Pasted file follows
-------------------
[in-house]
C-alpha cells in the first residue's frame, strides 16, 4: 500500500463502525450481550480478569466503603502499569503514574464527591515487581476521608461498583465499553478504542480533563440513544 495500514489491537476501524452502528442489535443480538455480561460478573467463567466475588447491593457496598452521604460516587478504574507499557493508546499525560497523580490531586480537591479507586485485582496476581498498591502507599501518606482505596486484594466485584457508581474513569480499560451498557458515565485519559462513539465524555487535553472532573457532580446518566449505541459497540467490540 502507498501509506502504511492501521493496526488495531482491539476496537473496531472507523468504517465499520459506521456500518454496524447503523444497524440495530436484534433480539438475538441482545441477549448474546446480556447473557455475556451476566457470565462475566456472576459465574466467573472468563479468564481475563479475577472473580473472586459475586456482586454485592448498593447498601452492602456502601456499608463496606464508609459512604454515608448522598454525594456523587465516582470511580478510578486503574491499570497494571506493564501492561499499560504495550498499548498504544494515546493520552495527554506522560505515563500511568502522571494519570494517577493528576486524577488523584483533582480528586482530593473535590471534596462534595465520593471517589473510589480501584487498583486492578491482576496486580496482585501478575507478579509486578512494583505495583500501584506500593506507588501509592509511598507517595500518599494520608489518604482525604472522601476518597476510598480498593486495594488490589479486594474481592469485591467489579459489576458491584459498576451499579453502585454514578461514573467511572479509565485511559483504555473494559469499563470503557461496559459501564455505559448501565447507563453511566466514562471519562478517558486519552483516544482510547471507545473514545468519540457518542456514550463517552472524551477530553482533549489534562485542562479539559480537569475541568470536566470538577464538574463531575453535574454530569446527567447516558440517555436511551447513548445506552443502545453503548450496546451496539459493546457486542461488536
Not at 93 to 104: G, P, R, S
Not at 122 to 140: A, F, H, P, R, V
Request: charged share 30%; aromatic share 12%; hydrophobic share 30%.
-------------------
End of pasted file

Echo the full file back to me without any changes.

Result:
[in-house]
C-alpha cells in the first residue's frame, strides 16, 4: 500500500463502525450481550480478569466503603502499569503514574464527591515487581476521608461498583465499553478504542480533563440513544 495500514489491537476501524452502528442489535443480538455480561460478573467463567466475588447491593457496598452521604460516587478504574507499557493508546499525560497523580490531586480537591479507586485485582496476581498498591502507599501518606482505596486484594466485584457508581474513569480499560451498557458515565485519559462513539465524555487535553472532573457532580446518566449505541459497540467490540 502507498501509506502504511492501521493496526488495531482491539476496537473496531472507523468504517465499520459506521456500518454496524447503523444497524440495530436484534433480539438475538441482545441477549448474546446480556447473557455475556451476566457470565462475566456472576459465574466467573472468563479468564481475563479475577472473580473472586459475586456482586454485592448498593447498601452492602456502601456499608463496606464508609459512604454515608448522598454525594456523587465516582470511580478510578486503574491499570497494571506493564501492561499499560504495550498499548498504544494515546493520552495527554506522560505515563500511568502522571494519570494517577493528576486524577488523584483533582480528586482530593473535590471534596462534595465520593471517589473510589480501584487498583486492578491482576496486580496482585501478575507478579509486578512494583505495583500501584506500593506507588501509592509511598507517595500518599494520608489518604482525604472522601476518597476510598480498593486495594488490589479486594474481592469485591467489579459489576458491584459498576451499579453502585454514578461514573467511572479509565485511559483504555473494559469499563470503557461496559459501564455505559448501565447507563453511566466514562471519562478517558486519552483516544482510547471507545473514545468519540457518542456514550463517552472524551477530553482533549489534562485542562479539559480537569475541568470536566470538577464538574463531575453535574454530569446527567447516558440517555436511551447513548445506552443502545453503548450496546451496539459493546457486542461488536
Not at 93 to 104: G, P, R, S
Not at 122 to 140: A, F, H, P, R, V
Request: charged share 30%; aromatic share 12%; hydrophobic share 30%.